The landscape is changing quickly below Red Rock Dam now that powerhouse construction is underway and the hydroelectric project moves closer to an early 2019 completion date. Vern Cochran with Missouri River Energy Services said during a site tour this week that action is taking place above ground and progress can be seen daily. Cochran says the powerhouse is approximately halfway through completion, with work continuing on the intake structures and turbines. When complete, the station will generate enough power for approximately 18,000 homes, which is roughly the number in Marion County.
With summer here there’s plenty of road construction taking place in the Tulip City – yesterday construction began on East 3rd Street from Columbus to Lincoln and Lincoln Street from Hazel to East 3rd. City Administrator Mike Nardini says the project includes complete reconstruction of those sections of road. Work is also ongoing on Elm Street from West 3rd to Broadway Street, which includes underground utility upgrades as well. Both closures are expected to last until this fall.
A road worker was killed in Southern Iowa on Tuesday; The accident occurred Tuesday in northern Lucas County. The Iowa State Patrol says a motorist didn’t see 48-year-old Barbarella Moore, who was preparing to flag vehicles while another worker cut concrete. Moore, a Waterloo native, was pronounced dead at the scene. The motorist was identified as 32-year-old Brady Rasmus, who lives in Chariton.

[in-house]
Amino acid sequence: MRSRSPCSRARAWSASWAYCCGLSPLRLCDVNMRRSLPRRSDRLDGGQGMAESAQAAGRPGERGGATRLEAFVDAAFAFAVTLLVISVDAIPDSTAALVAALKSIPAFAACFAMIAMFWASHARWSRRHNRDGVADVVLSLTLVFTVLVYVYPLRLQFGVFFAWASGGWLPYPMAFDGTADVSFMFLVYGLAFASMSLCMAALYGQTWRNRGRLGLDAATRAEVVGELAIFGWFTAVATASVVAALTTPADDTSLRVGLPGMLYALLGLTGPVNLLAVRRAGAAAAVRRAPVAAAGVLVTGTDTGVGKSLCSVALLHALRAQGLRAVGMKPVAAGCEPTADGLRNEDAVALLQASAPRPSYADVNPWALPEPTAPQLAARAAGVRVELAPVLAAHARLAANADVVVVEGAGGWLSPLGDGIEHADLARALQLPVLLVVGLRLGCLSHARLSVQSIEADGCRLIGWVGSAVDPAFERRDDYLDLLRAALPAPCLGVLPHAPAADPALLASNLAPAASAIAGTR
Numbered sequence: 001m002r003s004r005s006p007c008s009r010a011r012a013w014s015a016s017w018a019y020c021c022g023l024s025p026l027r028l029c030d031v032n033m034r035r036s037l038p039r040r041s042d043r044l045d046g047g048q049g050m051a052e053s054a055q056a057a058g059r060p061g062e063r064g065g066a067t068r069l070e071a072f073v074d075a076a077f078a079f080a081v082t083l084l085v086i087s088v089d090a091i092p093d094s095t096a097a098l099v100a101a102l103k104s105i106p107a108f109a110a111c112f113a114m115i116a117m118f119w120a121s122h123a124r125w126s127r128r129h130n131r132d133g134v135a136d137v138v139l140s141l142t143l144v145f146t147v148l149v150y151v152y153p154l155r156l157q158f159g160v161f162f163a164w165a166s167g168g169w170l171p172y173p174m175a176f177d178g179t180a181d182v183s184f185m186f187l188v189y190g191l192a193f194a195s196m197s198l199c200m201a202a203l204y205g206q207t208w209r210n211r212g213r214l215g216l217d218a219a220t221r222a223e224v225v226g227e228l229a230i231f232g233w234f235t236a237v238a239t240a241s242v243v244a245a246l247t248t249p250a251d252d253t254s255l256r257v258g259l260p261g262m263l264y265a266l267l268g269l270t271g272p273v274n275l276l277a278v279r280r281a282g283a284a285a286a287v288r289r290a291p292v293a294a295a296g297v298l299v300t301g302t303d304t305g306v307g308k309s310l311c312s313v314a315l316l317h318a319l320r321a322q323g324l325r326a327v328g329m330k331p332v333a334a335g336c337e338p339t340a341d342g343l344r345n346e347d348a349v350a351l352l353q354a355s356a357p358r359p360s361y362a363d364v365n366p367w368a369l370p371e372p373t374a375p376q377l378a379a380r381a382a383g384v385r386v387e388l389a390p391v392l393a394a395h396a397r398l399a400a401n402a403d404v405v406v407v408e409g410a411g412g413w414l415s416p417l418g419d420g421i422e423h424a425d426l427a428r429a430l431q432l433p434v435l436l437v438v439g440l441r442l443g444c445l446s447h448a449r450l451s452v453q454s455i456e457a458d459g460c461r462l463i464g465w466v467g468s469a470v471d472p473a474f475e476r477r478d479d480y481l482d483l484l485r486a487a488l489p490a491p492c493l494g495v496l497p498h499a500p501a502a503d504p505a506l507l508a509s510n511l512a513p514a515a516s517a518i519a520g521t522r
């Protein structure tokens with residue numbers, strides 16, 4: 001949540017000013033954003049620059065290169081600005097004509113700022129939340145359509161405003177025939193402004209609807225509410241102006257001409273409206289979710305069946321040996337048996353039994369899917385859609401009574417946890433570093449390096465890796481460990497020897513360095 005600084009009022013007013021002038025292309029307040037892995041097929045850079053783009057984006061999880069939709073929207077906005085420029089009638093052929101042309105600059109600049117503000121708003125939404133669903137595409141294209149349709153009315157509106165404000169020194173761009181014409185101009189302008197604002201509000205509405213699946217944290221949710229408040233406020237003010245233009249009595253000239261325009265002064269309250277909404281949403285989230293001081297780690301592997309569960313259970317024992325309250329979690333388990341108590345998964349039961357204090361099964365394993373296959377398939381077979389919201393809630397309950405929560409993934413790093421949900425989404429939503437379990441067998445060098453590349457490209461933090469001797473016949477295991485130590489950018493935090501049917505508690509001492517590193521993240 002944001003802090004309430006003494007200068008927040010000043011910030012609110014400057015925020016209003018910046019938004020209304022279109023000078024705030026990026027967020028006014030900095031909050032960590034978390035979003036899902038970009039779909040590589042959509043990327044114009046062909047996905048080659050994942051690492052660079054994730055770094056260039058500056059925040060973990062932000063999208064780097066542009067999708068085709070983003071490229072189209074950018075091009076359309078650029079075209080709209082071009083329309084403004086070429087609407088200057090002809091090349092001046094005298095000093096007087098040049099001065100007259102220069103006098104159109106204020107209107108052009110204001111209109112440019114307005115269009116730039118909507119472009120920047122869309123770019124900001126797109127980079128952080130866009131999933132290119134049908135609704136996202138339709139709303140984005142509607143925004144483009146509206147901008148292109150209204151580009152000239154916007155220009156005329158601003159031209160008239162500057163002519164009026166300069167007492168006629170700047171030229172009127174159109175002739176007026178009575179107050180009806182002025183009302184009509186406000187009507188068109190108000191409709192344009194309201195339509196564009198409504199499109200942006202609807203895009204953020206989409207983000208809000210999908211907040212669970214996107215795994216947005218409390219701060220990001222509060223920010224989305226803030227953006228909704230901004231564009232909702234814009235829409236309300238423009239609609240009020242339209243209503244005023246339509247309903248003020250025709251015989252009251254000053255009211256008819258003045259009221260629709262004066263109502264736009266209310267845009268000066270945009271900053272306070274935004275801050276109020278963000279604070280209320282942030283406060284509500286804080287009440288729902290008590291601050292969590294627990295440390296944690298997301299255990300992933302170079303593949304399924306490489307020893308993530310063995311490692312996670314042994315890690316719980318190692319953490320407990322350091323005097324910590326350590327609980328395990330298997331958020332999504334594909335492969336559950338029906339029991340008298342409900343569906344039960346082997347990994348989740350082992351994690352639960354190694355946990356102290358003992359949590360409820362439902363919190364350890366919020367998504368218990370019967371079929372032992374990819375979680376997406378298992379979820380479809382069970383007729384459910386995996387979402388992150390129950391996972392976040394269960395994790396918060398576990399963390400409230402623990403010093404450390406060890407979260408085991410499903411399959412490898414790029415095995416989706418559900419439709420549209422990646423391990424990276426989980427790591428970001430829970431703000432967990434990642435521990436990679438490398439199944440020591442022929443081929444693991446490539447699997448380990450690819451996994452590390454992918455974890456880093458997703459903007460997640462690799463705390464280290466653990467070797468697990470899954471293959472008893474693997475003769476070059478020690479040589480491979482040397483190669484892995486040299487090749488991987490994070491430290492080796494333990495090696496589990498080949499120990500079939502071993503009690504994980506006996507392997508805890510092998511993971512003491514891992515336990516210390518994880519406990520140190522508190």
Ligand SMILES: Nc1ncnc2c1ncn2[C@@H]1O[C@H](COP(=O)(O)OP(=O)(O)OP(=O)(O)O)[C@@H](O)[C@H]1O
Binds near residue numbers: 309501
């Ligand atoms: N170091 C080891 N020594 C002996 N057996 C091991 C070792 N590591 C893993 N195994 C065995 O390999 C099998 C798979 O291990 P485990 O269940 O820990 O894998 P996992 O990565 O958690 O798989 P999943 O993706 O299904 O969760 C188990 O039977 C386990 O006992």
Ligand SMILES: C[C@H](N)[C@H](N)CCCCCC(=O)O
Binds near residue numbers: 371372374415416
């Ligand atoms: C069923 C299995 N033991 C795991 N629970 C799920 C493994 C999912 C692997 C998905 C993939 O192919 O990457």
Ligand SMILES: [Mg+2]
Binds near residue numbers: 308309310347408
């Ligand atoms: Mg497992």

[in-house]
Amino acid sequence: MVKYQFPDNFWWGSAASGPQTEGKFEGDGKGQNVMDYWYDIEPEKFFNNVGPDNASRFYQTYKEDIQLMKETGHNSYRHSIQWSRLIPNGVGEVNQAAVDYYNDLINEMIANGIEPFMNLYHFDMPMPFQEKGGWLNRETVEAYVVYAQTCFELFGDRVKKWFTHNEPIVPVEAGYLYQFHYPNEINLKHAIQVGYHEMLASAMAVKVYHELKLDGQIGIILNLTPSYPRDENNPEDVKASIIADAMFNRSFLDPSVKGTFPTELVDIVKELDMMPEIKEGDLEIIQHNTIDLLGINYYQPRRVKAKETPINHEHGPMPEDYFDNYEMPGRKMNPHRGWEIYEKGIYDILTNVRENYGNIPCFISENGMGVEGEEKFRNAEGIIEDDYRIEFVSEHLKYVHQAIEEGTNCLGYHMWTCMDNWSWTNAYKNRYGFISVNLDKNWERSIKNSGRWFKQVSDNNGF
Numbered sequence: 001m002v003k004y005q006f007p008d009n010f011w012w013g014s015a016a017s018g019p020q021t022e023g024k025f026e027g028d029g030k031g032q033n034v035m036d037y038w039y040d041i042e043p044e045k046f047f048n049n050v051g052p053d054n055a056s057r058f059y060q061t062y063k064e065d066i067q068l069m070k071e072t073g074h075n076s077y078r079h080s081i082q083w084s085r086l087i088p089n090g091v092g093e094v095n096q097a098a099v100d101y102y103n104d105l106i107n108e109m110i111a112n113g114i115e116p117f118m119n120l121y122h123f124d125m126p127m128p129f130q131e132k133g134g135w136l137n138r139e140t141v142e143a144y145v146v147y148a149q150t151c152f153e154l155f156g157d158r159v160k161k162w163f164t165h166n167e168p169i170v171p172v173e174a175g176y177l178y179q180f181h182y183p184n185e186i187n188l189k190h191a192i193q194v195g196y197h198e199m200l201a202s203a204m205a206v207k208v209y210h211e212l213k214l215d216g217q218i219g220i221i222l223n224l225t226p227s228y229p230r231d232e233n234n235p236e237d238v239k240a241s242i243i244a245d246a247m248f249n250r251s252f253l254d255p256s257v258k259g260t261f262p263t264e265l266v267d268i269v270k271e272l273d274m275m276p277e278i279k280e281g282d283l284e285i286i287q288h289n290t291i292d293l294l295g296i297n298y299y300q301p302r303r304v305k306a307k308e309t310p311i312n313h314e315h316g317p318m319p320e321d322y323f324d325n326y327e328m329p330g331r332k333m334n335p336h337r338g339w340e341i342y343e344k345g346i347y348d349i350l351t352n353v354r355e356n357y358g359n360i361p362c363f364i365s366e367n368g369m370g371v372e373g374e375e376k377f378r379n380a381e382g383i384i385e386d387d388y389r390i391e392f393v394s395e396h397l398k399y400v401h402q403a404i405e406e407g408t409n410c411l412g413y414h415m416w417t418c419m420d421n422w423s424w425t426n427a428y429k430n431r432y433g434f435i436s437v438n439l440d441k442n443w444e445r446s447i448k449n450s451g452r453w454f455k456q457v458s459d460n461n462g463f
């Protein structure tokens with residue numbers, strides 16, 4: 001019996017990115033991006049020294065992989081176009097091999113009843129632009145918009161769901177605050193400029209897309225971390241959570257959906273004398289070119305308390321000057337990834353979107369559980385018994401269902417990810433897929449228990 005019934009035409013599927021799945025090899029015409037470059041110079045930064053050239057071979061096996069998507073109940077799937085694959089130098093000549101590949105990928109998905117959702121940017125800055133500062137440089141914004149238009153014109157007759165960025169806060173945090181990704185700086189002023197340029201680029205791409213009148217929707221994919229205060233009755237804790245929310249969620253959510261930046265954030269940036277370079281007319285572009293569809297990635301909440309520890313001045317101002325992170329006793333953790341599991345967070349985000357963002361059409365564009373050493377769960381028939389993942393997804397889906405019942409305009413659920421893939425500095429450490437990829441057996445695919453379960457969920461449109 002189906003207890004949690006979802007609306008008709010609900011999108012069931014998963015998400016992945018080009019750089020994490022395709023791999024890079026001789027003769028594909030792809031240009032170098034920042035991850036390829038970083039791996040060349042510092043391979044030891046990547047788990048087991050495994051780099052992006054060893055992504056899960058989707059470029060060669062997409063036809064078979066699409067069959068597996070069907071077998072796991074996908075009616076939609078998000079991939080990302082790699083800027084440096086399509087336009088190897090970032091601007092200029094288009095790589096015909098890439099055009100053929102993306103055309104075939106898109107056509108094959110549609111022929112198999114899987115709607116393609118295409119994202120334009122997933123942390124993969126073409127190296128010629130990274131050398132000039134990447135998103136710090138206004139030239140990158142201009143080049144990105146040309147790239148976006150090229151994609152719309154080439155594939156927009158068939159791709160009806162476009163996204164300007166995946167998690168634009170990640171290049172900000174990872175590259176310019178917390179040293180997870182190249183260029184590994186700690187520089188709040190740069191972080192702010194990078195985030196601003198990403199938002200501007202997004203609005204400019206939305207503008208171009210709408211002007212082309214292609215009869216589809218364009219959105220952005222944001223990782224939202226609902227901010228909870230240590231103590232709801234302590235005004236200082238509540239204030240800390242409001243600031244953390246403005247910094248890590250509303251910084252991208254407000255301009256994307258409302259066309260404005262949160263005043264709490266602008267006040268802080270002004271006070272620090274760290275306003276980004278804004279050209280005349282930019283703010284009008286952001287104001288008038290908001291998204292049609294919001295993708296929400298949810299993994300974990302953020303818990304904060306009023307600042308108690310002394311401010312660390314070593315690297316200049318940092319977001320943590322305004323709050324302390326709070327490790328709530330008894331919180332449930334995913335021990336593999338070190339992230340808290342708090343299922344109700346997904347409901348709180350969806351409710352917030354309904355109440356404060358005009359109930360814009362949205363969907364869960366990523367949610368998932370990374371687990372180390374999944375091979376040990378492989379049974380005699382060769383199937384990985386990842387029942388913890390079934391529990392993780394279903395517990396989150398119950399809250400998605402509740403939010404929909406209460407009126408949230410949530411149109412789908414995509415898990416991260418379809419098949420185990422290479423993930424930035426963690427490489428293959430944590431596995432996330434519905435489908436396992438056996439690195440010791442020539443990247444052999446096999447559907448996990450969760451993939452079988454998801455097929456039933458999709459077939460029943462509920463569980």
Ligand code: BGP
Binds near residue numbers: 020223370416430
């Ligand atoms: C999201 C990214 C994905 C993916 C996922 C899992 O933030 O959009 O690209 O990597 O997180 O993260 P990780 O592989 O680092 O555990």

The African Children’s Choir will make a stop in Pella on Sunday, June 18 to perform at the Liberty Evangelical Free Church. The choir is a part of the non-profit organization Music for Life, which helps provide education programs for children in impoverished areas in seven different African countries, including Uganda, Kenya, Rwanda, Sudan, Nigeria, Ghana and South Africa. The children within the choir only tour one year, and then fly back home to continue their education. This year’s touring choir will feature 19 children from Uganda. The money raised from the free-will offering concert will go to fund the education programs for the children. The concert will begin at 7 p.m on Sunday, June 18.
The Polk County Sheriff’s Office says it is investigating one of its officers for social media postings deriding Islam and calling the religion an “evil ideology.” Apparently a graphic on the Facebook page of Sgt. Dan Charleston said it included “verses from the Quran that inspire terrorists,” and that Sgt. Charleston accompanied the graphic with a comment: “No reasoning with this evil ideology.” The posting has been removed. Charleston has twice run unsuccessfully for sheriff. He’s been a member of the Polk County Sheriff’s Office for 19 years.
The Marion County Board of Supervisors has officially voted to restrict the use of fireworks in the area – the board met Tuesday, voting 2-1 to approve the 1st reading of the ordinance and waiving the 2nd and 3rd readings at the same time. When can fireworks in Marion County be used? According to the new ordinance, first and second-class consumer fireworks may be discharged within unincorporated areas of the county on July 4th between the hours of 6 p.m. and 11 p.m. You need to be at least 18 years old to discharge fireworks on the 4th of July, and you also need to be sober – no alcohol or drugs are allowed. Fireworks usage is also prohibited within 200 yards of any school, hospital, nursing home, veterinary clinic or animal shelter, and are prohibited within 200 yards of any utility such as waterworks, gasworks or sanitary sewage system.